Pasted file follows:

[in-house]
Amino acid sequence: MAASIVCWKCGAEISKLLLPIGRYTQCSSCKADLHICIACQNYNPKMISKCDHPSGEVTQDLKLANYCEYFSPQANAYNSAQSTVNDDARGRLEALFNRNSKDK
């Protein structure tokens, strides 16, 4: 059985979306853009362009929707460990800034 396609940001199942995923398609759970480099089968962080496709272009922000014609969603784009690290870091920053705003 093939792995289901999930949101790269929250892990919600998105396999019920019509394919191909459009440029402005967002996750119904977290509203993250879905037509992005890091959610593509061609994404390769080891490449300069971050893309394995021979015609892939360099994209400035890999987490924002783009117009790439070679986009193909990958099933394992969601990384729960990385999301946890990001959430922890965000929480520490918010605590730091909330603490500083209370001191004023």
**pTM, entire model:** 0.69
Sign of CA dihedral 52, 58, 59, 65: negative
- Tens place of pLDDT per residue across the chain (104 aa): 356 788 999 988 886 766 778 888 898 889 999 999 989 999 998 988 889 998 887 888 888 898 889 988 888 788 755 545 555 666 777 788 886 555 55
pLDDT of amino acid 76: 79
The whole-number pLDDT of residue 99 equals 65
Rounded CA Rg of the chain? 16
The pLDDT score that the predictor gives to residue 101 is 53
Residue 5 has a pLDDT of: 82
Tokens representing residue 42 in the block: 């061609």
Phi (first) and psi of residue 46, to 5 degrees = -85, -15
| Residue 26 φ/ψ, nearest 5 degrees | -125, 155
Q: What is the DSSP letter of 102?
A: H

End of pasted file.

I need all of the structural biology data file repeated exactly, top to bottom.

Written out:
[in-house]
Amino acid sequence: MAASIVCWKCGAEISKLLLPIGRYTQCSSCKADLHICIACQNYNPKMISKCDHPSGEVTQDLKLANYCEYFSPQANAYNSAQSTVNDDARGRLEALFNRNSKDK
């Protein structure tokens, strides 16, 4: 059985979306853009362009929707460990800034 396609940001199942995923398609759970480099089968962080496709272009922000014609969603784009690290870091920053705003 093939792995289901999930949101790269929250892990919600998105396999019920019509394919191909459009440029402005967002996750119904977290509203993250879905037509992005890091959610593509061609994404390769080891490449300069971050893309394995021979015609892939360099994209400035890999987490924002783009117009790439070679986009193909990958099933394992969601990384729960990385999301946890990001959430922890965000929480520490918010605590730091909330603490500083209370001191004023």
**pTM, entire model:** 0.69
Sign of CA dihedral 52, 58, 59, 65: negative
- Tens place of pLDDT per residue across the chain (104 aa): 356 788 999 988 886 766 778 888 898 889 999 999 989 999 998 988 889 998 887 888 888 898 889 988 888 788 755 545 555 666 777 788 886 555 55
pLDDT of amino acid 76: 79
The whole-number pLDDT of residue 99 equals 65
Rounded CA Rg of the chain? 16
The pLDDT score that the predictor gives to residue 101 is 53
Residue 5 has a pLDDT of: 82
Tokens representing residue 42 in the block: 């061609």
Phi (first) and psi of residue 46, to 5 degrees = -85, -15
| Residue 26 φ/ψ, nearest 5 degrees | -125, 155
Q: What is the DSSP letter of 102?
A: H